But India's response has to be seen in the context of the new global campaign against terrorism. India has long tried to portray the armed separatist movement it faces in Indian Kashmir as merely a problem of Pakistan-sponsored terrorism. The attacks on 11 September, and the US response to them, caused New Delhi to greatly increase its efforts in this regard. It tried very hard to show that it was facing the same terrorist menace -- though sponsored by Pakistan -- as America. Hence the stress in Prime Minister Vajpayee's condemnation of the 13 December incident on "stopping both terrorists and those that sponsor them."
But the response of the Indian coalition government, headed by the Bharatiya Janata Party (BJP), was also motivated by domestic considerations. The BJP faces tough state elections in Uttar Pradesh (UP) in two months time. Uttar Pradesh is the largest state in the Indian Union and without it no government can hope to hold power for long in New Delhi. The BJP has also been trying to pass a much- maligned piece of anti-terrorism legislation, the Prevention of Terrorism Ordinance (POTO). This controversial piece of legislation has been attacked as draconian both from within India and from abroad. Finally, Defence Minister George Fernandes has been embroiled in a growing controversy over the purchase of special aluminium coffins for victims of the Kargil conflict.
The Indian government has made full use of the 13 December attack to relieve all these domestic pressures. To a large extent, it has been successful. The coffins scandal has been all but forgotten and many analysts predict POTO will now be passed without any significant opposition. And the BJP's hard-line stance against Pakistan should yield votes in Uttar Pradesh.
India's drive to have Kashmiri separatism labelled as a terrorist movement with Pakistan as its sponsor has been less obviously successful.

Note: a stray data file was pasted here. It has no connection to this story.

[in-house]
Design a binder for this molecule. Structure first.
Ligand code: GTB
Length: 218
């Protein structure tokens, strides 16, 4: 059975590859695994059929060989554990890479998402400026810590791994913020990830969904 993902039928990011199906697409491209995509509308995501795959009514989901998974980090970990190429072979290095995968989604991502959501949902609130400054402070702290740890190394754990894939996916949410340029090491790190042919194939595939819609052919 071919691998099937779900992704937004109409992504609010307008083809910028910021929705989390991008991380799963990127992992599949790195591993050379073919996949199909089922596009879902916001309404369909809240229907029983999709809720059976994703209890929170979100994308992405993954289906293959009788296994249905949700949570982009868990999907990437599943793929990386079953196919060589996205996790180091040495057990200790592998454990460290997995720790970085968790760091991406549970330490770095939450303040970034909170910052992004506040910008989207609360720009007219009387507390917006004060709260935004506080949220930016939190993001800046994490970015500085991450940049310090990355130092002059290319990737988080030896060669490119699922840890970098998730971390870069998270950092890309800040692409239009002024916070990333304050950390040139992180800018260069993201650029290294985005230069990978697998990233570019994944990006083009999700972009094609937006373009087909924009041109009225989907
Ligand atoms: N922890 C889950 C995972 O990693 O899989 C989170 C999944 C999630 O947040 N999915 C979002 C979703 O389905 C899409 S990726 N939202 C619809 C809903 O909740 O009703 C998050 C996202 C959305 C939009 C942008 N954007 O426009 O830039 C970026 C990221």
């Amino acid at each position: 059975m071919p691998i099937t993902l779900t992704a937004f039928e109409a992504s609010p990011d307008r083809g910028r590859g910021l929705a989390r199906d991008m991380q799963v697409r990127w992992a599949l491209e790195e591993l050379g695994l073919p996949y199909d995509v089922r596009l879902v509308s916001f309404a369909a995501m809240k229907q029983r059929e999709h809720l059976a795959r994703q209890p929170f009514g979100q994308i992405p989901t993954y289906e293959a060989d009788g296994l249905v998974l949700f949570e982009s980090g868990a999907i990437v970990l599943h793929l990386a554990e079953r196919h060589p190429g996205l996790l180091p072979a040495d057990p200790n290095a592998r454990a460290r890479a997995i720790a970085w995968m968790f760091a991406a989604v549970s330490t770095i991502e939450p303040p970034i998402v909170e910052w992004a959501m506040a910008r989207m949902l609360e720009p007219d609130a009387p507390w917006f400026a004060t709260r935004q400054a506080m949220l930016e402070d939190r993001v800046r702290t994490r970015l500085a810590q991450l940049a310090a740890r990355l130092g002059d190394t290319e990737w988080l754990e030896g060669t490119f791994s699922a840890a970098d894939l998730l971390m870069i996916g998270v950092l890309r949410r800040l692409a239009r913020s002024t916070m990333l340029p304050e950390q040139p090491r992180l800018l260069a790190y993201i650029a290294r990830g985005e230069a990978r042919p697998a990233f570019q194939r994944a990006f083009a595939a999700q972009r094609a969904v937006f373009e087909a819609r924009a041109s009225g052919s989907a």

President Bush and other senior administration officials were quick to condemn the attacks on the seat of the "world's largest democracy." But the White House fell short of backing Indian condemnation of Pakistan. Washington urged New Delhi to share the findings of its investigations with Islamabad and also offered FBI assistance. Although the US did add Lashkar-e-Toiba to a list of individuals and groups suspected of terrorist activity whose assets are to be frozen, it carefully described the group as "a stateless sponsor of terrorism."
America, Russia, China and other countries have expressed concern about the escalating tension in the region. Few believe that India seriously desires or is planning a war with Pakistan. Nor do many give credence to Indian threats that they will it strike suspected camps within Pakistani-controlled Kashmir. Irrespective of the motive and selective targeting, that would be seen by Islamabad as an act of war and it would respond in kind.
The danger, however, is that the situation could spiral out of control. The dynamics of escalation could force a conflict even where one was never intended.
Fortunately, there are people on both sides who seem aware of this danger. President Musharraf has warned the Indians against any "adventurism" but his government did not take the knee-jerk response, common in the past, of recalling its High Commissioner from New Delhi. India's Prime Minister Vajpayee has also tried to dampen down the war-mongers within his own party, reminding them that war was only one of a number of options.
A full-blown war or any kind of serious military engagement is unlikely, but the whole episode will definitely be a further setback in relations between the two nuclear powers. In the past the first agenda item on any India-Pakistan talks would usually be Kashmir. Now, it will have to be the resumption of normal diplomatic relations. Resolving the Kashmir dispute will, therefore, be that much more difficult.